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Unformatted text preview: Home Page Title Page Contents JJ II J I Page 1 of 77 Go Back Full Screen Close Quit • First • Prev • Next • Last • Go Back • Full Screen • Close • Quit STAT231: STATISTICS Paul Marriott [email protected] July 8, 2008 Home Page Title Page Contents JJ II J I Page 2 of 77 Go Back Full Screen Close Quit • First • Prev • Next • Last • Go Back • Full Screen • Close • Quit Chapter 4: Statistical Inference • In this chapter we will look at the problem of inference • We have a mathematical structure which quantifies sample error • Use probability theory to understand some fundamental sam pling distributions • Look at the idea of a confidence interval (i) mathematically (ii) computationally and (iii) in the context of a PPDAC in vestigation • Look at the idea of a hypothesis test Home Page Title Page Contents JJ II J I Page 3 of 77 Go Back Full Screen Close Quit • First • Prev • Next • Last • Go Back • Full Screen • Close • Quit Sample error and sampling distribution • Want to understand sample error a ( S ) a ( P Study ) associated with the attribute of interest a ( · ) . Sample Study Population Sampling protocol Inference • Think of sample error as being ‘random’ Home Page Title Page Contents JJ II J I Page 4 of 77 Go Back Full Screen Close Quit • First • Prev • Next • Last • Go Back • Full Screen • Close • Quit Example: Hospital discharges • Suppose that the study population is N = 393 short stay hospitals • Response variate is x i which is the number of patients dis charged from the i th hospital in January 1968. • In this example we will assume that we have the knowledge of the whole population. • Take different, and independent, samples from this population and make estimates of population attributes based on these samples. • We can then compare each estimate to other independent esti mates, and also compare all estimates to the actual population values. Home Page Title Page Contents JJ II J I Page 5 of 77 Go Back Full Screen Close Quit • First • Prev • Next • Last • Go Back • Full Screen • Close • Quit Example: Hospital discharges • Use model Y = μ + R, R ∼ G (0 , σ ) . (1) • Thus the model for taking n independent units (i.e. the com plete sample) is given by Y i = μ + R i , R i ∼ G (0 , σ ) independently, with i = 1 , . . . , n . • The maximum likelihood estimate b μ was defined as ∑ n i =1 y i n . • Define the estimator as e μ = ∑ n i =1 Y i n where note we have replaced the realisations y 1 , . . . , y n with the random variables, Y 1 , . . . , Y n . Home Page Title Page Contents JJ II J I Page 6 of 77 Go Back Full Screen Close Quit • First • Prev • Next • Last • Go Back • Full Screen • Close • Quit Sampling distribution • From properties of Gaussian distributions we would expect e μ ∼ G μ, σ √ n (2) • This is called the sampling distribution for e μ . Home Page Title Page Contents...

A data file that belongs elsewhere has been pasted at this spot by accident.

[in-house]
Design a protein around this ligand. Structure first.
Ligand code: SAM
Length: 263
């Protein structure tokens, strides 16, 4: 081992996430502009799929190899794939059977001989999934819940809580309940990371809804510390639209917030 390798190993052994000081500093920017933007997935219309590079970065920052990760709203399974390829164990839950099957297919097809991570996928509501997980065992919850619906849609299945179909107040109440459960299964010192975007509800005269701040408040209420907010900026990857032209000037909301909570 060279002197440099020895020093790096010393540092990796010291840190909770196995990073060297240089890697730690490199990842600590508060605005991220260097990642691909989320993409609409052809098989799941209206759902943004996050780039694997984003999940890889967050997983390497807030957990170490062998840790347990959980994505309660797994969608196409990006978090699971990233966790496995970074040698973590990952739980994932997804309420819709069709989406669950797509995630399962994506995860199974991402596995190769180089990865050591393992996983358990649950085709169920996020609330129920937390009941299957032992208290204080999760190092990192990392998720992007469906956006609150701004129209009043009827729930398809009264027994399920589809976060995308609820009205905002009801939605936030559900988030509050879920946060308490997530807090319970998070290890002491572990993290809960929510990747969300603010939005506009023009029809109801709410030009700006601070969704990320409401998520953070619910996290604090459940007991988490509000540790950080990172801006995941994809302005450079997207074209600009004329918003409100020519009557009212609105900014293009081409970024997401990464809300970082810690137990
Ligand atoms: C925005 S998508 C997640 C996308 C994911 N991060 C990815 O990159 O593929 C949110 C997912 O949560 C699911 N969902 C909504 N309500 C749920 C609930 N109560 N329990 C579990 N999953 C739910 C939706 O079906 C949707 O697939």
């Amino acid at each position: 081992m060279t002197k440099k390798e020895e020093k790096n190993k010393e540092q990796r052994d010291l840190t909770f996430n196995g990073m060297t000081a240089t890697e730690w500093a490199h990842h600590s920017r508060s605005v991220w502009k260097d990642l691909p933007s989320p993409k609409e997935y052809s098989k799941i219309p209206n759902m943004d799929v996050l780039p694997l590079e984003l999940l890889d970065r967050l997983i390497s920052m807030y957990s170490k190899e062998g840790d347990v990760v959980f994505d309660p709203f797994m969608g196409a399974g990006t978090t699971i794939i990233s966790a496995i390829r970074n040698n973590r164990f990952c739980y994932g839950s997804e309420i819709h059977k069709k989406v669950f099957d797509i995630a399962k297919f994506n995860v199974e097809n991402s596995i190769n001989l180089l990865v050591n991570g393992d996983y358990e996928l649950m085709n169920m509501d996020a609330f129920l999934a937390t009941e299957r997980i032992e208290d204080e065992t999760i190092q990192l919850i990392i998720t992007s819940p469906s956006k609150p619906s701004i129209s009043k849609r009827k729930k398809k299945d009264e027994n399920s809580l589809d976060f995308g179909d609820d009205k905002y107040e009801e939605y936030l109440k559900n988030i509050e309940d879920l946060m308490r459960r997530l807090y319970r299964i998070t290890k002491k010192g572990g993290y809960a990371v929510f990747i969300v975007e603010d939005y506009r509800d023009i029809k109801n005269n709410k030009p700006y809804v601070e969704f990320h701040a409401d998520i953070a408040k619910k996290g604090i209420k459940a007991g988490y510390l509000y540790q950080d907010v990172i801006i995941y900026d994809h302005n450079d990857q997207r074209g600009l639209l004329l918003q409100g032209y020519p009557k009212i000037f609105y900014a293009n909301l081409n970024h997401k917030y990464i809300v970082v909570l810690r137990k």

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This note was uploaded on 04/18/2010 for the course STAT 231 taught by Professor Cantremember during the Spring '08 term at Waterloo.
 Spring '08
 CANTREMEMBER
 Statistics

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